As Fall Quarter 2020 begins, UC Santa Barbara’s Arts & Lectures program is making its final event preparations while bracing for a school year full of uncertainty and change from the coronavirus pandemic.
“When COVID-19 first hit, A&L canceled 29 events between March 12 and May 17, including some of our most popular,” Caitlin O’Hara, Arts & Lectures (A&L) senior writer and publicist, said in an email to the Nexus. “We were saddened to make that decision, but of course safety for everyone — our audience, artists and speakers and staff — was our primary concern.”
While A&L usually produces over 100 events every year, social distancing and quarantine restrictions resulting from COVID-19 forced the organization to find new, innovative approaches to event creation.
“Happily, we have been able to reschedule many of these events, which we nicknamed ‘Worth the Wait,”’ O’Hara said.
In summer 2020, A&L celebrated the 11th annual UCSB Summer Cinema at the West Wind Drive-In movie theater in Goleta. This event would typically be held at the Santa Barbara County Courthouse Sunken Garden, where a weekly series of free outdoor films would be shown. However, due to COVID-19 safety precautions, A&L made the move to the drive-in theater instead.
“We were able to bring food trucks and entertainment for attendees to enjoy before the show,” O’Hara. “The series was a fantastic success, providing a fun Santa Barbara summer evening that the community could enjoy together while still following safety guidelines of the CDC and other authorities.”
Now, A&L is showcasing a variety of free films at the West Wind Drive-In, with the program starting on Oct. 13 and continuing through Dec. 16. Through recommendations and input from UCSB students, A&L selected a mix of films curated for any audience, according to O’Hara.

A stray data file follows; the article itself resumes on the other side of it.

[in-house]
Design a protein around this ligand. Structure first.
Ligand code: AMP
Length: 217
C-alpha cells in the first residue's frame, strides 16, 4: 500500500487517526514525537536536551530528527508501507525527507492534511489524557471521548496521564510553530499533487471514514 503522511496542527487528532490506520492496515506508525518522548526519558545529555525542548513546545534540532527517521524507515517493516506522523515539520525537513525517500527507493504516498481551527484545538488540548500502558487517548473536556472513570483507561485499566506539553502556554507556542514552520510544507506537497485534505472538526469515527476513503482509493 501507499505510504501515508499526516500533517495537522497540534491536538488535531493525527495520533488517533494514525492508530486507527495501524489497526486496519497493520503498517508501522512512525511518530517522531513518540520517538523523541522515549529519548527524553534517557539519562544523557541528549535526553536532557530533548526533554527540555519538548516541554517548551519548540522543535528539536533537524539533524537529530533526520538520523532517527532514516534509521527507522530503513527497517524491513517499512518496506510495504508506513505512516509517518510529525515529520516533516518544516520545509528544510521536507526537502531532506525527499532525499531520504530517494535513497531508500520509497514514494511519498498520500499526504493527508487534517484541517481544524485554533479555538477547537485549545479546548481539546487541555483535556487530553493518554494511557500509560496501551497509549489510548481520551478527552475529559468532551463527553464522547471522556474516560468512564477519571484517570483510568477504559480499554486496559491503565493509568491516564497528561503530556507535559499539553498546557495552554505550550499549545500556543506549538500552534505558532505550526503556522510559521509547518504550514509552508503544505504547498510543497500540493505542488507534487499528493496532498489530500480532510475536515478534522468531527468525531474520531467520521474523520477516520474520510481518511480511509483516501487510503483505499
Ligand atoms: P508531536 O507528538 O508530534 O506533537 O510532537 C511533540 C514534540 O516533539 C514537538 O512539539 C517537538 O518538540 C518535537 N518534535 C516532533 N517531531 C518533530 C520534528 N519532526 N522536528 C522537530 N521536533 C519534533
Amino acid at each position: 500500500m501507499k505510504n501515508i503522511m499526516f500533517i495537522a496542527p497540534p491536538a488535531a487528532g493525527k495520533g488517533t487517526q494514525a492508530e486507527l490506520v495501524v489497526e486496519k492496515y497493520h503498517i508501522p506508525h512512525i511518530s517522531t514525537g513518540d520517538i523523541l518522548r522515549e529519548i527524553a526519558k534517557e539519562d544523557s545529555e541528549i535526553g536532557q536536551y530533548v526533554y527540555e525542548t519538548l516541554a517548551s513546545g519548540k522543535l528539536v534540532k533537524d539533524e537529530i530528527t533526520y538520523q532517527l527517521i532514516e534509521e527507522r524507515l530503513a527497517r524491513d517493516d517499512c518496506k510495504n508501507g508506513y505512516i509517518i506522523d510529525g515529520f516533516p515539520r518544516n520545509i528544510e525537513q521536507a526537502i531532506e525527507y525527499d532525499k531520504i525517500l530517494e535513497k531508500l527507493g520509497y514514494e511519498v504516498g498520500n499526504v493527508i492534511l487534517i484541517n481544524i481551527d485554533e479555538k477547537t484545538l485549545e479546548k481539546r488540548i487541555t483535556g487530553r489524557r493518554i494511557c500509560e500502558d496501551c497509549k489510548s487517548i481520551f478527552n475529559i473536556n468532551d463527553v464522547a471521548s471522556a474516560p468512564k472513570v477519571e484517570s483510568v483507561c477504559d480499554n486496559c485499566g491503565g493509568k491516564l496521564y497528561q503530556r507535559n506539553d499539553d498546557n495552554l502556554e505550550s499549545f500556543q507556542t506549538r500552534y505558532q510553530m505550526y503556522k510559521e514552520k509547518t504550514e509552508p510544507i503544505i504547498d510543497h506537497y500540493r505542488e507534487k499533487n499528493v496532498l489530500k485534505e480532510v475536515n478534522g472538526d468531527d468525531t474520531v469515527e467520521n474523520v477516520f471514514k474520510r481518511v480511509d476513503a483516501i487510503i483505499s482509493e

As for the upcoming season, A&L Miller McCune Executive Director Celesta M. Billeci explained the variety of approaches the organization will use to provide its audience with the full A&L experience.
One series she pointed to is called “House Calls,” during which audience members can log onto virtual calls with public figures like musicians, economists, comedians and more. All events will be free for all UCSB students.
“The up-close-and-personal effect of having someone perform or speak right to you is very special,” Billeci said in an email to the Nexus. “Plus, we’ll be incorporating elements to maintain the unique and communal aspects integral to live events, so it’ll be an experience unlike any other.”
Starting in February 2021, A&L hopes to once again hold live, onstage events featuring dance, lectures and book talks, depending on how the battle against coronavirus develops, according to Billeci.
Scheduled events include performances from the Joffrey Ballet and the Alvin Ailey American Dance Theater, as well as lectures from Chef José Andrés and authors Pico Iyer and Ann Patchett. Again, however, the execution of these live events is dependent on the progression of public health guidelines as time goes on, and A&L is continuing to monitor this development as February draws near, according to Billeci.
“When we can get back into the theater and experience live events, we will be ready,” Billeci said in an email. “We know there’s a lot of uncertainty right now, so we’ve adapted our return policy to fit the times. Purchase now with the confidence that if for any reason you are unable to make an in-person event, you can receive a full refund.”
A&L will also host events for this 2020-21 season that reflect the tumultuous political and social climate through a series called “Race to Justice.” The series will feature speakers like authors Ibram X. Kendi and Ta-Nehisi Coates and include collaborations with UCSB departments, such as the Department of Black Studies, Center for Black Studies Research and Division of Social Sciences, according to Billeci.
“Leading activists, creatives and thinkers will expand our understanding of racism and how race impacts society to inspire an expansive approach to advancing racial equality,” Billeci said.
“Race to Justice” events will be held virtually through the fall and winter quarters, with A&L hoping to move lectures in person by this spring.
A&L also plans to focus on education and community engagement for students, faculty and parents at UCSB and will continue to host its educational programs for K-12, UCSB students and beyond through master classes, panels and lecture demonstrations, according to Billeci. As of now, all events will be virtual due to the pandemic.
“A&L has always worked to build a more connected, thoughtful and compassionate community, and we’re doubling down on those efforts at a time when parents, teachers and students could all use a little more help being educated, entertained and inspired,” Billeci said.